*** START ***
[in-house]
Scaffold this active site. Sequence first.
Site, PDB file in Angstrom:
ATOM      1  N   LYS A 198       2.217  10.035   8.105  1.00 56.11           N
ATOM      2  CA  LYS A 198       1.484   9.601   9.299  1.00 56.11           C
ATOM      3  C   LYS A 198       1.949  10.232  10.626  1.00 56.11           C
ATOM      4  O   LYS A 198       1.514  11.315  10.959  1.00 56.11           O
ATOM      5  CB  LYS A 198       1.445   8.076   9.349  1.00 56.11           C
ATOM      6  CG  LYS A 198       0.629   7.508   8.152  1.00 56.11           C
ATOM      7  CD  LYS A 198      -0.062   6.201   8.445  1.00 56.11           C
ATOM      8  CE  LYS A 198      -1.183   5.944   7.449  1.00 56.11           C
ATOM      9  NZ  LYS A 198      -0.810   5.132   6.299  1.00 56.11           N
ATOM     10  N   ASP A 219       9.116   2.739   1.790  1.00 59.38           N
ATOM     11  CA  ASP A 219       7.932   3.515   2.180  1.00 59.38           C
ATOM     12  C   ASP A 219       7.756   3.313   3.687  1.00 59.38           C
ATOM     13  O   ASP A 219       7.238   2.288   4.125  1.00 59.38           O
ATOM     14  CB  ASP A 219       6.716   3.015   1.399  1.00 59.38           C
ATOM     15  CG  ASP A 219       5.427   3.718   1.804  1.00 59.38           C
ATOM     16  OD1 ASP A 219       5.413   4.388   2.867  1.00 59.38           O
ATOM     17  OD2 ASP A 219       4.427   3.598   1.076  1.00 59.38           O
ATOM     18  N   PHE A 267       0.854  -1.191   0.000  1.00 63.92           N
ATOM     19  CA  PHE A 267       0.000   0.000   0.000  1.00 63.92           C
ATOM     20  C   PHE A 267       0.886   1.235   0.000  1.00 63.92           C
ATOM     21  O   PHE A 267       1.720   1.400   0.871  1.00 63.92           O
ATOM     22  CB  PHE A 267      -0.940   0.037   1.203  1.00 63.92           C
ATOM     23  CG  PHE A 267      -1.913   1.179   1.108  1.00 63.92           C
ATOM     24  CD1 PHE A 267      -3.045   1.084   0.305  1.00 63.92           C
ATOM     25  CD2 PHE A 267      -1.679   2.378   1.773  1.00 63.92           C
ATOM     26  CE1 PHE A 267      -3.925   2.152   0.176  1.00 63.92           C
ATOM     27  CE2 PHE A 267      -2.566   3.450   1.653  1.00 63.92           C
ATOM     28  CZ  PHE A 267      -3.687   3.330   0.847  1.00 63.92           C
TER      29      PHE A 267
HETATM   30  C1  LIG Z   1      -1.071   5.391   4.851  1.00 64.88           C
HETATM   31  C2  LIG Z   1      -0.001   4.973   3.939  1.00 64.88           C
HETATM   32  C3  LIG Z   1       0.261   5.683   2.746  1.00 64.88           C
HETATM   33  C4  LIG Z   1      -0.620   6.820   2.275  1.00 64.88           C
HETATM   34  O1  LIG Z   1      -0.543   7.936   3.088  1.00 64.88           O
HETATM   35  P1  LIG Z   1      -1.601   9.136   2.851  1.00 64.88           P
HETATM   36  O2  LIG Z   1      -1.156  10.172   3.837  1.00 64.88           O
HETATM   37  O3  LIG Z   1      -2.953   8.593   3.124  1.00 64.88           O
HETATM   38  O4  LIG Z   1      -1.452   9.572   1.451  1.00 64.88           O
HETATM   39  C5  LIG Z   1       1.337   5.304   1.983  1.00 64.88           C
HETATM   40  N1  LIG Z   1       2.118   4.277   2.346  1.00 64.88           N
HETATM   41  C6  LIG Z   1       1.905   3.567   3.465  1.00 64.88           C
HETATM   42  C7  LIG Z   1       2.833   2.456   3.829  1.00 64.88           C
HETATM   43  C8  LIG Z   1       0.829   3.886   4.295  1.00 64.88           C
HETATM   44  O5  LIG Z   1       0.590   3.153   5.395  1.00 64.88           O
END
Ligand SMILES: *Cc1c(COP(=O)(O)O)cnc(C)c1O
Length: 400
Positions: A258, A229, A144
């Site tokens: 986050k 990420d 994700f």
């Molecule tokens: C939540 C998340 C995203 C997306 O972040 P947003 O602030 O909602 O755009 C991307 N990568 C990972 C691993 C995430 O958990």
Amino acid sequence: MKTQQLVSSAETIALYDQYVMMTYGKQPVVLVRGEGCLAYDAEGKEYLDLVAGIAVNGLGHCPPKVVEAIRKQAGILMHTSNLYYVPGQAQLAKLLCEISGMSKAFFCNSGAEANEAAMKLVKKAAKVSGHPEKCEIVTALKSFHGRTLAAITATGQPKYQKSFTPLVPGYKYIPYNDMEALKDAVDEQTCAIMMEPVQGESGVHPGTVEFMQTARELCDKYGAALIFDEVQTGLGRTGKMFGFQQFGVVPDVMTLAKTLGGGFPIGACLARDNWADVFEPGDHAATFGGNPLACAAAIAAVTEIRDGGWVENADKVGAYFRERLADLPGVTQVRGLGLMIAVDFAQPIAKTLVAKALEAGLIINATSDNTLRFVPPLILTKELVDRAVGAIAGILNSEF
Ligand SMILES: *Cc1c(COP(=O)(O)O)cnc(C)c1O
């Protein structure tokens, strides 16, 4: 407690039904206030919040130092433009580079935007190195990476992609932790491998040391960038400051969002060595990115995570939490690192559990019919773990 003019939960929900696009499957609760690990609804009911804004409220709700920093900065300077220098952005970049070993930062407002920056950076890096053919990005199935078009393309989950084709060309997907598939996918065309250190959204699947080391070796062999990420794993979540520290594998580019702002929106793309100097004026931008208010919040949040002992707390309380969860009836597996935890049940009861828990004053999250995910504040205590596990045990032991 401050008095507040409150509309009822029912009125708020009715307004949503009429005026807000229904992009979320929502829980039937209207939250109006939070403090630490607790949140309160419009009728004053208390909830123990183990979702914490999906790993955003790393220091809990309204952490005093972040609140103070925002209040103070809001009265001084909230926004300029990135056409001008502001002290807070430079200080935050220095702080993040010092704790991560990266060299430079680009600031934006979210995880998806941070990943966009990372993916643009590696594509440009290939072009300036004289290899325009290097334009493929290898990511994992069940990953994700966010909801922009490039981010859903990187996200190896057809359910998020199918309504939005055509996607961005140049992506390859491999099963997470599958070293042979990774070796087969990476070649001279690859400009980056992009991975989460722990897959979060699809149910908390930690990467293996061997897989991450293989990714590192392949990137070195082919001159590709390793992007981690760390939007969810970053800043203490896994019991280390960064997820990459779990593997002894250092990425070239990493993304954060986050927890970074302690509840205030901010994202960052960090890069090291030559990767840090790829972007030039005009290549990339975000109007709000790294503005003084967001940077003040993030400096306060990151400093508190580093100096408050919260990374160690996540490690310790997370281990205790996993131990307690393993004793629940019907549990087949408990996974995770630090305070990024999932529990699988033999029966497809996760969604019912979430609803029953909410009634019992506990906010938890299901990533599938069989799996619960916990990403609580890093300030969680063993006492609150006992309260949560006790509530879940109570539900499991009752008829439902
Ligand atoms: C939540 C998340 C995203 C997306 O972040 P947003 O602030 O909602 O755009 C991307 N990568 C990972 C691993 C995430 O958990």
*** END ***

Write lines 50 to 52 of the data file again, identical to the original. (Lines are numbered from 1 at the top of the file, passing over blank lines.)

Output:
Length: 400
Positions: A258, A229, A144
């Site tokens: 986050k 990420d 994700f």